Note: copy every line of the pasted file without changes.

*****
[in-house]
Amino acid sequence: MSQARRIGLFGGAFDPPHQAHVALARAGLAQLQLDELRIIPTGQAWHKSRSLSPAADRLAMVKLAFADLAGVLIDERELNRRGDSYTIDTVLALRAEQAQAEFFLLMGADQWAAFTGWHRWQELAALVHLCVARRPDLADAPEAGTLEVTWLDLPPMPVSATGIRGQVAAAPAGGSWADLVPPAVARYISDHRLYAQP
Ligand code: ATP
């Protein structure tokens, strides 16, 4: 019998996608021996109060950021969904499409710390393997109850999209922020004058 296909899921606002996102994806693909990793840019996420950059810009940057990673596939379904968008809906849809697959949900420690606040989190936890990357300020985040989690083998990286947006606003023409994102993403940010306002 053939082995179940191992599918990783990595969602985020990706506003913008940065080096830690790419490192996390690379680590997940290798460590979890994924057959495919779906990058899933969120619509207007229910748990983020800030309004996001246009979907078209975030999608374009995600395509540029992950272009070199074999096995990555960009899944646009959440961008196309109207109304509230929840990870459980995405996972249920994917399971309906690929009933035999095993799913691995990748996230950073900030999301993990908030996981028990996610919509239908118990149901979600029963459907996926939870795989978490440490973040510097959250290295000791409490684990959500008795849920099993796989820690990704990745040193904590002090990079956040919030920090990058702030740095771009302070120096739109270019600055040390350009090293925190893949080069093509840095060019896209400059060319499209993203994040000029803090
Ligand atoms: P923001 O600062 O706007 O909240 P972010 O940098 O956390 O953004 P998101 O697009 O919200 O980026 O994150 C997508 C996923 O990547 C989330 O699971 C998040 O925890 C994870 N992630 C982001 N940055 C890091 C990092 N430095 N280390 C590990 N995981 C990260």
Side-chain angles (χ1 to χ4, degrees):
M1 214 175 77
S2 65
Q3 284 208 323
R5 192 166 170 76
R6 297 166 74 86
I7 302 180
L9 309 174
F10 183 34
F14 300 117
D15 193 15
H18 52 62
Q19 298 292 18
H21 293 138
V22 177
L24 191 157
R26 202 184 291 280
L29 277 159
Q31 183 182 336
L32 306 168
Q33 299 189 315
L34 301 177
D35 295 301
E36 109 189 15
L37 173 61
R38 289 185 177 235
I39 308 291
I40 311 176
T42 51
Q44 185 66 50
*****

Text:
[in-house]
Amino acid sequence: MSQARRIGLFGGAFDPPHQAHVALARAGLAQLQLDELRIIPTGQAWHKSRSLSPAADRLAMVKLAFADLAGVLIDERELNRRGDSYTIDTVLALRAEQAQAEFFLLMGADQWAAFTGWHRWQELAALVHLCVARRPDLADAPEAGTLEVTWLDLPPMPVSATGIRGQVAAAPAGGSWADLVPPAVARYISDHRLYAQP
Ligand code: ATP
């Protein structure tokens, strides 16, 4: 019998996608021996109060950021969904499409710390393997109850999209922020004058 296909899921606002996102994806693909990793840019996420950059810009940057990673596939379904968008809906849809697959949900420690606040989190936890990357300020985040989690083998990286947006606003023409994102993403940010306002 053939082995179940191992599918990783990595969602985020990706506003913008940065080096830690790419490192996390690379680590997940290798460590979890994924057959495919779906990058899933969120619509207007229910748990983020800030309004996001246009979907078209975030999608374009995600395509540029992950272009070199074999096995990555960009899944646009959440961008196309109207109304509230929840990870459980995405996972249920994917399971309906690929009933035999095993799913691995990748996230950073900030999301993990908030996981028990996610919509239908118990149901979600029963459907996926939870795989978490440490973040510097959250290295000791409490684990959500008795849920099993796989820690990704990745040193904590002090990079956040919030920090990058702030740095771009302070120096739109270019600055040390350009090293925190893949080069093509840095060019896209400059060319499209993203994040000029803090
Ligand atoms: P923001 O600062 O706007 O909240 P972010 O940098 O956390 O953004 P998101 O697009 O919200 O980026 O994150 C997508 C996923 O990547 C989330 O699971 C998040 O925890 C994870 N992630 C982001 N940055 C890091 C990092 N430095 N280390 C590990 N995981 C990260």
Side-chain angles (χ1 to χ4, degrees):
M1 214 175 77
S2 65
Q3 284 208 323
R5 192 166 170 76
R6 297 166 74 86
I7 302 180
L9 309 174
F10 183 34
F14 300 117
D15 193 15
H18 52 62
Q19 298 292 18
H21 293 138
V22 177
L24 191 157
R26 202 184 291 280
L29 277 159
Q31 183 182 336
L32 306 168
Q33 299 189 315
L34 301 177
D35 295 301
E36 109 189 15
L37 173 61
R38 289 185 177 235
I39 308 291
I40 311 176
T42 51
Q44 185 66 50